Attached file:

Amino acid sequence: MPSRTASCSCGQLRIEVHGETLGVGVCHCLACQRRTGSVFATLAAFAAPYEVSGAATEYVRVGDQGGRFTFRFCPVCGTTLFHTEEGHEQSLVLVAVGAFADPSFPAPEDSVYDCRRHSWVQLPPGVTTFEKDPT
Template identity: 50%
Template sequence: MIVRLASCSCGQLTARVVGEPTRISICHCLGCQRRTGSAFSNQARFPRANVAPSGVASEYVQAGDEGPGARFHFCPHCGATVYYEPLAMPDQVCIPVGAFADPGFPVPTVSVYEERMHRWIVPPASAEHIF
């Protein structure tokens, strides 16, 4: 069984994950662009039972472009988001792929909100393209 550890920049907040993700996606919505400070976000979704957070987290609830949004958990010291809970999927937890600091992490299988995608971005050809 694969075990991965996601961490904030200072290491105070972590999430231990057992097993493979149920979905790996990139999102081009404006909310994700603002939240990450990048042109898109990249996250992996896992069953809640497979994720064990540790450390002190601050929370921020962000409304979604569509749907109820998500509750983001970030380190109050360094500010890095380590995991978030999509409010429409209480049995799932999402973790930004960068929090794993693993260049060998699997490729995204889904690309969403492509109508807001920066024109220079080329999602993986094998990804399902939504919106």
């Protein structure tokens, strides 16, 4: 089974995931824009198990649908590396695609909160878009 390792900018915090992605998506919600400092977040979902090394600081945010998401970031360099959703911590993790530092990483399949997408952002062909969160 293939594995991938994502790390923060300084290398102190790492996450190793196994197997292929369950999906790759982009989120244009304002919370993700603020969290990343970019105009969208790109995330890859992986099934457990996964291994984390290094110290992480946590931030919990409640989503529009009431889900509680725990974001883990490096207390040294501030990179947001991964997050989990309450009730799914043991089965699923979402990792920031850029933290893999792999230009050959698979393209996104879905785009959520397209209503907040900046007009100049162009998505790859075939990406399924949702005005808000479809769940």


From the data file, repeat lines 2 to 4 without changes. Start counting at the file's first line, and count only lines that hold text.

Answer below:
Template identity: 50%
Template sequence: MIVRLASCSCGQLTARVVGEPTRISICHCLGCQRRTGSAFSNQARFPRANVAPSGVASEYVQAGDEGPGARFHFCPHCGATVYYEPLAMPDQVCIPVGAFADPGFPVPTVSVYEERMHRWIVPPASAEHIF
């Protein structure tokens, strides 16, 4: 069984994950662009039972472009988001792929909100393209 550890920049907040993700996606919505400070976000979704957070987290609830949004958990010291809970999927937890600091992490299988995608971005050809 694969075990991965996601961490904030200072290491105070972590999430231990057992097993493979149920979905790996990139999102081009404006909310994700603002939240990450990048042109898109990249996250992996896992069953809640497979994720064990540790450390002190601050929370921020962000409304979604569509749907109820998500509750983001970030380190109050360094500010890095380590995991978030999509409010429409209480049995799932999402973790930004960068929090794993693993260049060998699997490729995204889904690309969403492509109508807001920066024109220079080329999602993986094998990804399902939504919106």